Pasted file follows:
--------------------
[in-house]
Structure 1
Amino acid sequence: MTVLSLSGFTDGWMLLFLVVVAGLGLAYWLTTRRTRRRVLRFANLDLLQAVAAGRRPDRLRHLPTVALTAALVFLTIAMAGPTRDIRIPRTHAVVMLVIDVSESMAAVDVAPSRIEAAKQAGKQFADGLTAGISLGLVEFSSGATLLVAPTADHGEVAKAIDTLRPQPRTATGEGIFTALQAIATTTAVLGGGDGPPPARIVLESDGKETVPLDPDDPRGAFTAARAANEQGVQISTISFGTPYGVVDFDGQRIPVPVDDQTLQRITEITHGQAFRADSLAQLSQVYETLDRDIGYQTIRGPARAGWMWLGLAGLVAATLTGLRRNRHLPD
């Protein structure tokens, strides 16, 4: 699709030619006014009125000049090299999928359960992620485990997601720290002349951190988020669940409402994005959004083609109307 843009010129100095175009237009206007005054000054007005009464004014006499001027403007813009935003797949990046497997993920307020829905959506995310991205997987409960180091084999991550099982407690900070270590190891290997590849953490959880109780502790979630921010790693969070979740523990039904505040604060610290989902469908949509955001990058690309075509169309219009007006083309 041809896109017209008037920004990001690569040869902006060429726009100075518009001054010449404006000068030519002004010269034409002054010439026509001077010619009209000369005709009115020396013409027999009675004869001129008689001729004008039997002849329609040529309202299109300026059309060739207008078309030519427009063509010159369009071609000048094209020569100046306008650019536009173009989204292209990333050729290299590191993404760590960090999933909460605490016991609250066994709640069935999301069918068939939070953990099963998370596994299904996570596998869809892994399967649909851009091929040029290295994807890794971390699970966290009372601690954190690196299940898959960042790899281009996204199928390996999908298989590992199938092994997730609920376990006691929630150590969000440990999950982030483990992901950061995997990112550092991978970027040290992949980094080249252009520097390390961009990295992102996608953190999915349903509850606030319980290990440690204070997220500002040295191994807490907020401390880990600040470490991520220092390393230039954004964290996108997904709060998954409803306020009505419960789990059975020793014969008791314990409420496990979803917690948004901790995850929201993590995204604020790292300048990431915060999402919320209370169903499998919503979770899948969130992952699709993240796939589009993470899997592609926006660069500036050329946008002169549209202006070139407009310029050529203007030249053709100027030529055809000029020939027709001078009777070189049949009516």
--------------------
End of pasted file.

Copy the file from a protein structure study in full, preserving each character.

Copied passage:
[in-house]
Structure 1
Amino acid sequence: MTVLSLSGFTDGWMLLFLVVVAGLGLAYWLTTRRTRRRVLRFANLDLLQAVAAGRRPDRLRHLPTVALTAALVFLTIAMAGPTRDIRIPRTHAVVMLVIDVSESMAAVDVAPSRIEAAKQAGKQFADGLTAGISLGLVEFSSGATLLVAPTADHGEVAKAIDTLRPQPRTATGEGIFTALQAIATTTAVLGGGDGPPPARIVLESDGKETVPLDPDDPRGAFTAARAANEQGVQISTISFGTPYGVVDFDGQRIPVPVDDQTLQRITEITHGQAFRADSLAQLSQVYETLDRDIGYQTIRGPARAGWMWLGLAGLVAATLTGLRRNRHLPD
């Protein structure tokens, strides 16, 4: 699709030619006014009125000049090299999928359960992620485990997601720290002349951190988020669940409402994005959004083609109307 843009010129100095175009237009206007005054000054007005009464004014006499001027403007813009935003797949990046497997993920307020829905959506995310991205997987409960180091084999991550099982407690900070270590190891290997590849953490959880109780502790979630921010790693969070979740523990039904505040604060610290989902469908949509955001990058690309075509169309219009007006083309 041809896109017209008037920004990001690569040869902006060429726009100075518009001054010449404006000068030519002004010269034409002054010439026509001077010619009209000369005709009115020396013409027999009675004869001129008689001729004008039997002849329609040529309202299109300026059309060739207008078309030519427009063509010159369009071609000048094209020569100046306008650019536009173009989204292209990333050729290299590191993404760590960090999933909460605490016991609250066994709640069935999301069918068939939070953990099963998370596994299904996570596998869809892994399967649909851009091929040029290295994807890794971390699970966290009372601690954190690196299940898959960042790899281009996204199928390996999908298989590992199938092994997730609920376990006691929630150590969000440990999950982030483990992901950061995997990112550092991978970027040290992949980094080249252009520097390390961009990295992102996608953190999915349903509850606030319980290990440690204070997220500002040295191994807490907020401390880990600040470490991520220092390393230039954004964290996108997904709060998954409803306020009505419960789990059975020793014969008791314990409420496990979803917690948004901790995850929201993590995204604020790292300048990431915060999402919320209370169903499998919503979770899948969130992952699709993240796939589009993470899997592609926006660069500036050329946008002169549209202006070139407009310029050529203007030249053709100027030529055809000029020939027709001078009777070189049949009516």